Growing up, I can tell you that the only thing I remember about Remembrance Day is pretty much sitting in a large gymnasium with a bunch of my elementary school friends who were told to be quiet as our Principle spoke and then being told to stay quiet during the eleventh hour. I wasn’t raised in a military family, I had never heard stories of war unless they were in school books, and we never attended cenotaphs, the sacrifices were stories to me. Never once, as a child did I truly understand Remembrance Day. I simply thought it was a day to remember anyone who had died.
I’ll never forget the day it really hit me. I was living in St. Catharines, Ontario at the time and on March 3, 2009, the local army regiment, The Lincoln and Welland Regiment, lost Warrant Officer Dennis Brown in Afghanistan. The day of his funeral, our city poured into the streets. When I saw his family, it all became real. The history books, the primary sources, they were no longer stories of soldiers and wars of long ago. This was my home, my community, and we lost one of our own, we all mourned.
After graduating from university, I met my, now-husband, Chris. An amazing partner and person, as well as a veteran of both the Bosnia peacekeeping mission and Afghanistan war. The first time he spoke about his experiences, I was left in awe. Remembrance Day took on a whole new meaning for me. You can hear his story below.
BIG ‘Thank you’ to the City of Brampton for making it possible for Chris to share his story.
We’re pretty lucky to live in a country that’s not ravaged by war, where our kids can go to school freely and as parents, we don’t think twice when they’re sitting in their classrooms. It’s something that so many of us take for granted every single day. There are parents living in fear for their children. Parents and communities who are helpless, who need protection in order to give their kids a glimmer of what we are able to give ours. This has been the role of so many of our serving members, to help people, to peacekeep and to protect.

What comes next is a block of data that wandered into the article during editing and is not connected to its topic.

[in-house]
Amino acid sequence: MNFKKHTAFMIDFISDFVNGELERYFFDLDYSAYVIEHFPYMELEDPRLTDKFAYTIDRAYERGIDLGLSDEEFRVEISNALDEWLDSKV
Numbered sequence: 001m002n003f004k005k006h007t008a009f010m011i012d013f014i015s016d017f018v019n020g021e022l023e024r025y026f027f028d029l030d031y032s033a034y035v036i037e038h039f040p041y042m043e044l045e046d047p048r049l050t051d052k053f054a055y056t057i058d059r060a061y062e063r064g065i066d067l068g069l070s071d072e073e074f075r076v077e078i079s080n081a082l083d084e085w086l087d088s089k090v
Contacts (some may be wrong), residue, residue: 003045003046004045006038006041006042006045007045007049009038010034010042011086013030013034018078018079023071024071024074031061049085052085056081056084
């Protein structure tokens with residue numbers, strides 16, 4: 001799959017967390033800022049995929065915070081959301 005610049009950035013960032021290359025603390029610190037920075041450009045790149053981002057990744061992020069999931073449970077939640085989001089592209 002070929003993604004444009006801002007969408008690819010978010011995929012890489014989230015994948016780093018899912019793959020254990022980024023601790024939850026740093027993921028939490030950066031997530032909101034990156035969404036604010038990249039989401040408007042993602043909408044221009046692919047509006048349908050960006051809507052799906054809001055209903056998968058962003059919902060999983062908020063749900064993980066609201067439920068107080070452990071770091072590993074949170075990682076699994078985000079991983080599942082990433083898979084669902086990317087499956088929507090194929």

Having a daughter, I’m not worried that she’ll share the same Remembrance Day childhood experience as I did. We attend the cenotaph every year, we’ll encourage her to ask questions and wear the poppy proudly, and encourage her to say thank you to the veterans she meets, because she lives in a community without fear. She probably won’t fully grasp the intellectual concept of war, death, and remembrance until she is much older but she will learn to say thank you to the people who have sacrificed so much to help and protect other people.
We need to understand that Remembrance Day is not about glorifying war, it’s about people. Men and women who have lost their lives doing something that most of us hope to never do. It’s about remembering those who came back but lost a piece of themselves forever, it’s about the families who support those who return and families who have to find the strength to pick up the pieces and carry on, remembering the sacrifices. It’s about remembering that war isn’t romantic, it should never be wanted, but it is sometimes necessary.
If your child is young, I’m not at all suggesting that you sit them down and explain the concept of war and death (however, maybe if your kid is playing Call of Duty, please explain to them that there is no such thing as a “kill/death ratio” in real-life…yes Chris had a high schooler seriously ask him that question while speaking at a school…), teach them through example, do your research, understand that veterans aren’t all 70+-year-olds who fought in the World Wars. Show your kids how to thank a vet, wear your poppies, and raise your kids to understand that there are people who would sacrifice everything, just so you and your kids don’t have to.
Because at the end of the day “..it’s about remembering those who signed up and essentially wrote a cheque to say ‘I’m giving you everything’.” Everything.
The video above was produced by the City of Brampton to spread awareness on the importance of Remembrance Day by showcasing the stories of some of the city’s veterans. The video above is the promotional preview…before you watch I recommend grabbing a box of tissues. Then head over to their YouTube or Facebook pages to follow along.
And don’t forget to wear your poppies with pride this Remembrance Day.
To all our soldiers and veterans, thank you for everything.